Happy birthday to us! The Smithsonian turns 169 today, and to celebrate, we thought we’d share a photo from our younger days—a baby picture, if you will.
President James K. Polk signed the legislation creating the Smithsonian Aug. 10, 1846. Once the legislation was signed, one of the first tasks facing its governing body was to erect a building to house the new Institution. Less than nine months later, the cornerstone of the Smithsonian Institution Building, now called the Castle, was laid May 1, 1847. Architect James Renwick designed the building in a medieval revival style, which was meant to identify the Smithsonian as an educational institution.
This photo was taken in 1850 during the Castle’s construction and is the earliest-known image of the building. The photograph shows the two completed wings of the building: The east wing housed the lecture hall, laboratories and home for the Secretary of the Smithsonian; the west wing contained the library and the reading room. The central portion of the building, now called the Great Hall, was still empty and would remain so until 1855. At the time of this photograph, only two of the Castle’s nine towers were completed. The crane in the image rises over the North Tower, which would eventually soar 140 feet above the National Mall.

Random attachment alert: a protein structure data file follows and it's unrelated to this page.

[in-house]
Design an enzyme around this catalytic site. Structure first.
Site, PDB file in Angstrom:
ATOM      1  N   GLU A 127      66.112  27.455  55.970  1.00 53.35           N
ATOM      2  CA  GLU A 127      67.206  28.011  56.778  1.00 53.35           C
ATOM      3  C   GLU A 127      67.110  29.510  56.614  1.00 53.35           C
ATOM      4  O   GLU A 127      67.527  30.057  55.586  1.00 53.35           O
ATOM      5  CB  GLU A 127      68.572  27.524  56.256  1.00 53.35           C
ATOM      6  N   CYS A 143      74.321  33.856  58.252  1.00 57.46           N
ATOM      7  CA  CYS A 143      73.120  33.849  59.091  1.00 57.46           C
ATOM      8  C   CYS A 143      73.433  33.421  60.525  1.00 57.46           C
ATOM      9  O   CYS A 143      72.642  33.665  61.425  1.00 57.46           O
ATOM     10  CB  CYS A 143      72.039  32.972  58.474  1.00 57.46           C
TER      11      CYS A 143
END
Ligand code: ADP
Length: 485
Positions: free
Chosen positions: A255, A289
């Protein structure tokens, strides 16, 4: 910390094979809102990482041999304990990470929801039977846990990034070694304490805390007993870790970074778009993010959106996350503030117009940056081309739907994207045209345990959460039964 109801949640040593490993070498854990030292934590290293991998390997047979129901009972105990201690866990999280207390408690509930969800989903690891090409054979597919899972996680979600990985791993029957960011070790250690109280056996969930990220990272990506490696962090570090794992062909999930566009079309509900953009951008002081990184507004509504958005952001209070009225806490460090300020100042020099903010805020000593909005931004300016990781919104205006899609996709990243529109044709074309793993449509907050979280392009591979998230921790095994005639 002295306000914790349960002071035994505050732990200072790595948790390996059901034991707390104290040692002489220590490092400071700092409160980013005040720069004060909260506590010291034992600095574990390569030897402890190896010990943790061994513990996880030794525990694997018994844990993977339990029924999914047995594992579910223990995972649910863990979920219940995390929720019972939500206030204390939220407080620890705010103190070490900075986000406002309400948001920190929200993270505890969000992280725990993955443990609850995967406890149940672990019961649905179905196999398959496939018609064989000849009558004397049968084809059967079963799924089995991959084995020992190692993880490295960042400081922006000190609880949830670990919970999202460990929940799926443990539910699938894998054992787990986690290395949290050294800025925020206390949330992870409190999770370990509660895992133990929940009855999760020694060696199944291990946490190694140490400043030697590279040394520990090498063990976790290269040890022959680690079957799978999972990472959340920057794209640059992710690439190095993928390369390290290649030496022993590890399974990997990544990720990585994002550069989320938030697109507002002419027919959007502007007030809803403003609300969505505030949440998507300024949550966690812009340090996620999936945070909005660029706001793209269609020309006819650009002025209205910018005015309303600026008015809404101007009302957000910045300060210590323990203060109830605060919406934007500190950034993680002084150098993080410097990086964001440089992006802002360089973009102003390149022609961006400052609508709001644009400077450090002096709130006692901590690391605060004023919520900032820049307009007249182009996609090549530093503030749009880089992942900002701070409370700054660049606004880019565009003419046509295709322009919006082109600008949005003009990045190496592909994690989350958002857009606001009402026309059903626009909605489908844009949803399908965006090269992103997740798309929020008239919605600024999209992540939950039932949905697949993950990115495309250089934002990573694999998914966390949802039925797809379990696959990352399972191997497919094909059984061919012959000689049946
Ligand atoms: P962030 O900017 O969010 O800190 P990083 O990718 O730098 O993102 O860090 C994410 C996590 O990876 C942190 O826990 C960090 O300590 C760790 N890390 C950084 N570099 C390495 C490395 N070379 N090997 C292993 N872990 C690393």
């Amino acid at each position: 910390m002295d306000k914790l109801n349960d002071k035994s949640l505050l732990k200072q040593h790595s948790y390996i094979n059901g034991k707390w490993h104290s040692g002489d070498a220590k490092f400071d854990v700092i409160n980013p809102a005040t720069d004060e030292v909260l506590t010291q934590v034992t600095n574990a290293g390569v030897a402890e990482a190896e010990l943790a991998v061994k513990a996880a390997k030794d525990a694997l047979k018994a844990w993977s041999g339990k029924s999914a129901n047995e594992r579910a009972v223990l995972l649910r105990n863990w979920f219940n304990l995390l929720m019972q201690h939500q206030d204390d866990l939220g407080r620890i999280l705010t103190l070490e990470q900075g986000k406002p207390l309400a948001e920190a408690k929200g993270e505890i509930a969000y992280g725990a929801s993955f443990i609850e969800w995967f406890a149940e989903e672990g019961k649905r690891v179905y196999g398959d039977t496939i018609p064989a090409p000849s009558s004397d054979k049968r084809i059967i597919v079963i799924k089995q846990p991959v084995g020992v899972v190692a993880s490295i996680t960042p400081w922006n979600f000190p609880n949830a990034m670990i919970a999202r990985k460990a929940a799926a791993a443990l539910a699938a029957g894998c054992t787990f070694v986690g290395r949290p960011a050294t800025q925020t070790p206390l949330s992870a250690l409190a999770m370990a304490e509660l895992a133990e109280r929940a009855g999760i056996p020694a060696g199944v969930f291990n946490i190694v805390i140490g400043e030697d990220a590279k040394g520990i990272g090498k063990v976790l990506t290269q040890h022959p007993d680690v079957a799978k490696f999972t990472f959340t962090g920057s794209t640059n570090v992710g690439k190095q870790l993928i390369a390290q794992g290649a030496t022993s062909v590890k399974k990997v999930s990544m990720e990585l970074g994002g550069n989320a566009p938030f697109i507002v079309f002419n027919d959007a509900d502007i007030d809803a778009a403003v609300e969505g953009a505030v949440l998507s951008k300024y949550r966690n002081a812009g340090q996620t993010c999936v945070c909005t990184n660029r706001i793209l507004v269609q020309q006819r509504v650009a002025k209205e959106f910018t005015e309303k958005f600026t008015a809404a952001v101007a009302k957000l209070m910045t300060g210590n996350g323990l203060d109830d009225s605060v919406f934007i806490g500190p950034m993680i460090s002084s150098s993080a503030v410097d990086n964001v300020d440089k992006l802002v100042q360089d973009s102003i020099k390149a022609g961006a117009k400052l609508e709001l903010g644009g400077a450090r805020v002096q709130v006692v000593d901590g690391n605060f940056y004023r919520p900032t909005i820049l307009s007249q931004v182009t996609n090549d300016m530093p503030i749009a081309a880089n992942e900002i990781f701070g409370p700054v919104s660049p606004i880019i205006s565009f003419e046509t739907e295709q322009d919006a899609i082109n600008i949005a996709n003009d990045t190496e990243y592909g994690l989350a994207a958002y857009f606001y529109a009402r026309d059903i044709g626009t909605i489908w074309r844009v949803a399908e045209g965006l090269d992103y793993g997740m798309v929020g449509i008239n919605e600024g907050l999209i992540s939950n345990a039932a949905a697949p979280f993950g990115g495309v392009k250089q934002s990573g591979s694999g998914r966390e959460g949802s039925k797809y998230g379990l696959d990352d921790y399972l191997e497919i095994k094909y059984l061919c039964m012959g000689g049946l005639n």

Brothers William and Frederick Langenheim of Philadelphia took the photograph using a new process they developed in 1849 and called hyalotype (from the Greek hyalos, meaning glass, and typos, meaning image or impression). This process produced a glass negative instead of the paper negative of the talbotype process. The glass negative could then be used to print either paper photographs or glass lantern slides.
This rare hyalotype was a gift to the Smithsonian Castle Collection by Tom Rall of Arlington, Va., through Paula Fleming, retired Smithsonian photo archivist.
The photograph is on view in the Smithsonian Castle.